I hope every one of you has someone in your life you can truly consider a friend.  I have been blessed with the friendships I have in my life: A wonderful mother who I can always count on to be there for me; and I, her.  A beautiful sister with whom I share the best of memories.  Friends who were hand chosen by me.  Some of whom I may not have directly in my life anymore but that I miss and think of often.  Surround yourself with that love and you can never be lost.

We are raised as females to be strong, independent women, who crave the love of a man to share our hopes, dreams, successes and failures with.  While I am also a hopeless romantic hoping for that very thing; I am also acutely aware of how much the relationships you share with other women are vital to happiness. 

So, if you haven’t done it in a while, have a get-to-together with your closest friends.  Have a Sex-In-The-City night and catch up over cosmos.  Have a BBQ at the lake and just socialize; enjoy the company of your friends.  Or if you have found friendship in other area codes: Send a text, call them, or message them on facebook just to let them know you’re thinking about them. 

We all get so busy in our day-to-day lives: work, family, children, etc. that often friendships fall by the way side.  Don’t let that happen to you.  Embrace life, embrace being a woman, and most importantly; embrace your friendships: family and friends.  Make today count.  Don’t be a tree that simply has branches but can’t establish roots.  Get grounded and enjoy life.

LIVE, LAUGH, LOVE!

Raise our voices in words of Mumbo Gumbo: Ya-Ya!!

Divine Secrets of the Ya-Ya Sisterhood A Novel By Rebecca Wells

“Rebecca Wells’s new novel is a big, blowzy romp through the rainbow eccentricities of three generations of crazy bayou debutantes trying to survive marriage, motherhood and pain, relying always on their love for each other. It is a novel of wide reach and lots of colors: fun in a breathless sort of way. Vivi is one of the best characters in any novel you’ll read this summer.” -Atlanta Journal-Constitution

Plot Summary:  Sidda is a girl again in the hot heart of Louisiana, the bayou world of Catholic saints and voodoo queens.  She walks barefoot into the humid night, moonlight on her freckled shoulders.  Near a huge, live oak tree on the edge of her father’s cotton fields, Sidda looks up into the sky.  In the crook of the crescent moon sits the Holy Lady, with strong muscles and a merciful heart.  She kicks her splendid legs like the moon is her swing and the sky, her front porch.  She waves down at Sidda like she has just spotted an old buddy.  Sidda stands in the moonlight and lets the Blessed Mother love every hair on her six-year-old head.  Tenderness flows down from the moon and up from the earth.  For one fleeting, luminous moment, Sidda Walker knows there has never been a time she has not been loved.  When Siddalee and Vivi Walker, an utterly original mother-daughter team, get into a savage fight over a New York Times article that refers to Vivi as a “tap-dancing child abuser,” the fall-out is felt from Louisiana to New York to Seattle. Siddalee, a successful theatre director with a huge hit on her hands, panics and postpones her upcoming wedding to her lover and friend Connor McGill.   But Vivi’s intrepid gang of life-long girlfriends, the Ya-Yas, sashay in and conspire to bring everyone back together.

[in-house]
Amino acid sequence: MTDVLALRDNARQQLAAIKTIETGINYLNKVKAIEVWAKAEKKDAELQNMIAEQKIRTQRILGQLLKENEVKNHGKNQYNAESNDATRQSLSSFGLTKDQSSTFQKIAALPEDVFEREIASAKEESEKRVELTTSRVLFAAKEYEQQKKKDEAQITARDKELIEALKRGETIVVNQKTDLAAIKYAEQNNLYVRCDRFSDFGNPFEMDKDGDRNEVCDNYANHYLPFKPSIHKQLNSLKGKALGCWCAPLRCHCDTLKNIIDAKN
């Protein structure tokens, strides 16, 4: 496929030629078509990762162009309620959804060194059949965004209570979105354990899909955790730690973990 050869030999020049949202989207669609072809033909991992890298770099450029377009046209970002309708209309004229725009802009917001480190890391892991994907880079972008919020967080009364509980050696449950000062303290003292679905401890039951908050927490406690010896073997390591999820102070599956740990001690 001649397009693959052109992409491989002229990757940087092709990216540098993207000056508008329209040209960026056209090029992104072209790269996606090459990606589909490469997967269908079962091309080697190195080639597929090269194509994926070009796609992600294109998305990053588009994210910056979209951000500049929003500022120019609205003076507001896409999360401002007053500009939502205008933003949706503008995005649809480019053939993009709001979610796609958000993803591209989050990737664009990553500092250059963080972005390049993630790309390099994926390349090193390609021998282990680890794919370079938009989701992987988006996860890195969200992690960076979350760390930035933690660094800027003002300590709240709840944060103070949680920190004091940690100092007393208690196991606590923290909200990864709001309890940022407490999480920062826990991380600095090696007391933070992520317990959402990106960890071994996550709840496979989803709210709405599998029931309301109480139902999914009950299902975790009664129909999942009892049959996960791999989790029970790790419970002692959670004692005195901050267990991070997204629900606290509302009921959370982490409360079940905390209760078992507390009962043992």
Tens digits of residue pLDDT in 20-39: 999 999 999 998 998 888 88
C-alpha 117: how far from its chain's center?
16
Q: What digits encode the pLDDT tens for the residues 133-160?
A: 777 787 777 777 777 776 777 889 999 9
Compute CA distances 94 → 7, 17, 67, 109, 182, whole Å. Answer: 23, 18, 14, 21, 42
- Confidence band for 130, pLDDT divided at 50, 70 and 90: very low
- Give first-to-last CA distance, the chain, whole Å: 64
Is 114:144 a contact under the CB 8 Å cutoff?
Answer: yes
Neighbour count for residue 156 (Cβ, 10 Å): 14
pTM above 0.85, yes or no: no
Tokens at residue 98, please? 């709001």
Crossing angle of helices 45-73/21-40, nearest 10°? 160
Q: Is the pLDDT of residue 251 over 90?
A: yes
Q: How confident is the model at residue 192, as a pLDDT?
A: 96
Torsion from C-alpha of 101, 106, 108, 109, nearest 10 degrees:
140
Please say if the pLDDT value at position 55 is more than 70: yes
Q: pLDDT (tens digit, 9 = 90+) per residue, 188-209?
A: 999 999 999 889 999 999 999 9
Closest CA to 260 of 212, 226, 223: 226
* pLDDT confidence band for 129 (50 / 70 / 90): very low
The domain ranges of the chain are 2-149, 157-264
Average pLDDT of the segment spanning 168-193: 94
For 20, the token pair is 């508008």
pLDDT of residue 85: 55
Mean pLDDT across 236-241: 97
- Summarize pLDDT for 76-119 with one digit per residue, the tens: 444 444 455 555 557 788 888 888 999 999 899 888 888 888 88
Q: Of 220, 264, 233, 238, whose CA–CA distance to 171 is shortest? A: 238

In 1932, Vivi and the Ya-Yas were disqualified from a Shirley Temple Look-Alike Contest for unladylike behavior.  Sixty years later, they’re “bucking seventy,” and still making waves.  They persuade Vivi to send Sidda a scrapbook of girlhood mementos entitled “The Divine Secrets of the Ya-Ya Sisterhood.”  Sidda retreats to a cabin on Washington State’s Olympic Peninsula, tormented by fear and uncertainty about the future, and intent on discovering a key to the tangle of anger and tenderness she feels toward her mother.  But the album reveals more questions than answers, and leads Sidda to encounter the unknowable mystery of life and the legacy of imperfect love.  With passion and a rare gift of language, Rebecca Wells moves from present to past, unraveling Vivi’s life, her enduring friendships with the Ya-Yas, and the reverberations on Siddalee.  The collective power of the Ya-Yas, each of them totally individual and authentic, permeates this story of a tribe of Louisiana wild women impossible to tame.